Terminal sialylation is altered in airway cells with impaired CFTR-mediated chloride transport.

Department of Pediatrics, Case Western Reserve University at Rainbow Babies and Children's Hospital, Cleveland, Ohio 44106, USA.
AJP Lung Cellular and Molecular Physiology (Impact Factor: 3.52). 04/2001; 280(3):L482-92.
Source: PubMed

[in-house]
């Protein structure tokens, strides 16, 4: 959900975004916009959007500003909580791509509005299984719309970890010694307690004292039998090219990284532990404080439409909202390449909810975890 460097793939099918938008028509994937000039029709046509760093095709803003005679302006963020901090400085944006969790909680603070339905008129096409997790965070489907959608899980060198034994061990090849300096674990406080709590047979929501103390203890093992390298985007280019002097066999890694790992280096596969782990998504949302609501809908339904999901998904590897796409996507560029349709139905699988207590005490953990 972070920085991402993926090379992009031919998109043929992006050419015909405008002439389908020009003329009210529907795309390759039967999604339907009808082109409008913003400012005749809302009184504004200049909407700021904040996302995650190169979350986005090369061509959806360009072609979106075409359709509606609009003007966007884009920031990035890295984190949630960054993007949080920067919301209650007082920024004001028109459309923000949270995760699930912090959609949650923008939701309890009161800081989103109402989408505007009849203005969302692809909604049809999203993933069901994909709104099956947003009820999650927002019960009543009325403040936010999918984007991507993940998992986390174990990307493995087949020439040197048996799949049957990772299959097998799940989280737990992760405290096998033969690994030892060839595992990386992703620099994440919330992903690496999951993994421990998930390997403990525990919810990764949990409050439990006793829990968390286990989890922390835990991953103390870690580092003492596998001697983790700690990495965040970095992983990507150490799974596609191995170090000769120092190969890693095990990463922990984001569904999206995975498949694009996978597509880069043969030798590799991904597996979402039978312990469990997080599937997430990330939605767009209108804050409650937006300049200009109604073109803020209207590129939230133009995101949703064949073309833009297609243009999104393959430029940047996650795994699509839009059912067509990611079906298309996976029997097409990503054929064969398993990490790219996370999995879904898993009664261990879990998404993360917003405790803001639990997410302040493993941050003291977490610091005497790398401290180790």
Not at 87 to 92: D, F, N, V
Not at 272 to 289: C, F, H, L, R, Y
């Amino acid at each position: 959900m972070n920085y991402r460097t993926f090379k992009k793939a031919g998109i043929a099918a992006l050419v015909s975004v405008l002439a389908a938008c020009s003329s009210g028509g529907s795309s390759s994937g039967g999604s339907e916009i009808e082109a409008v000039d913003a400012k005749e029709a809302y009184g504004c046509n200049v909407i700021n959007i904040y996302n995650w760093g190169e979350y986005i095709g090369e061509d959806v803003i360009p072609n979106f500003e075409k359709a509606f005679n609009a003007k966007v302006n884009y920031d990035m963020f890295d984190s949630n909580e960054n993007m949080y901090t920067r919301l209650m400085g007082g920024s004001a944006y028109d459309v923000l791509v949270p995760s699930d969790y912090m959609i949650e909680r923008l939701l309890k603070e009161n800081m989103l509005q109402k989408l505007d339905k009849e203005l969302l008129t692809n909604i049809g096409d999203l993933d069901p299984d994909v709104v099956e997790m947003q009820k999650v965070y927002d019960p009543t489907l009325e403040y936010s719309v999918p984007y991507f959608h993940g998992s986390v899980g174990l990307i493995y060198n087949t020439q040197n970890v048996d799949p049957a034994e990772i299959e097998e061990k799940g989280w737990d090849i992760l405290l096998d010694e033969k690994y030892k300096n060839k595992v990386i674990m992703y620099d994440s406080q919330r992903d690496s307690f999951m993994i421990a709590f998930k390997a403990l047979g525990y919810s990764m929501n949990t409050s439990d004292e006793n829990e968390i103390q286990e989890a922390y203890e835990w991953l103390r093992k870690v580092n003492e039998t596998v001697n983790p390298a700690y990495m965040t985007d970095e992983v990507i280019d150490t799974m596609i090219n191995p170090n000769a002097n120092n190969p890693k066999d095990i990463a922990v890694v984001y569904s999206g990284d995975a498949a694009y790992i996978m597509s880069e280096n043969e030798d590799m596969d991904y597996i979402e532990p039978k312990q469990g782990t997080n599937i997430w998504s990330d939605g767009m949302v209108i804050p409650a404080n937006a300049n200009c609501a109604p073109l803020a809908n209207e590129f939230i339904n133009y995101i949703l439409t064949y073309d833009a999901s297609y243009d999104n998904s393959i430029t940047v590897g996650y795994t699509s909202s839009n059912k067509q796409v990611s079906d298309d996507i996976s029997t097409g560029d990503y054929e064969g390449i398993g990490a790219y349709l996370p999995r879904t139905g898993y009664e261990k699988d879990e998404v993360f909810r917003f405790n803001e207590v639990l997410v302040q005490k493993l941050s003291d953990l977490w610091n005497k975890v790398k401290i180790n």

ABSTRACT Reduced terminal sialylation at the surface of airway epithelial cells from patients with cystic fibrosis may predispose them to bacterial infection. To determine whether a lack of chloride transport or misprocessing of mutant cystic fibrosis transmembrane conductance regulator (CFTR) is critical for the alterations in glycosylation, we studied a normal human tracheal epithelial cell line (9/HTEo(-)) transfected with the regulatory (R) domain of CFTR, which blocks CFTR-mediated chloride transport; DeltaF508 CFTR, which is misprocessed, wild-type CFTR; or empty vector. Reduced cAMP-stimulated chloride transport is seen in the R domain and DeltaF508 transfectants. These two cell lines had consistent, significantly reduced binding of elderberry bark lectin, which recognizes terminal sialic acid in the alpha-2,6 configuration. Binding of other lectins, including Maakia amurensis lectin, which recognizes sialic acid in the alpha-2,3 configuration, was comparable in all cell lines. Because the cell surface change occurred in R domain-transfected cells, which continue to express wild-type CFTR, it cannot be related entirely to misprocessed or overexpressed CFTR. It is associated most closely with reduced CFTR activity.

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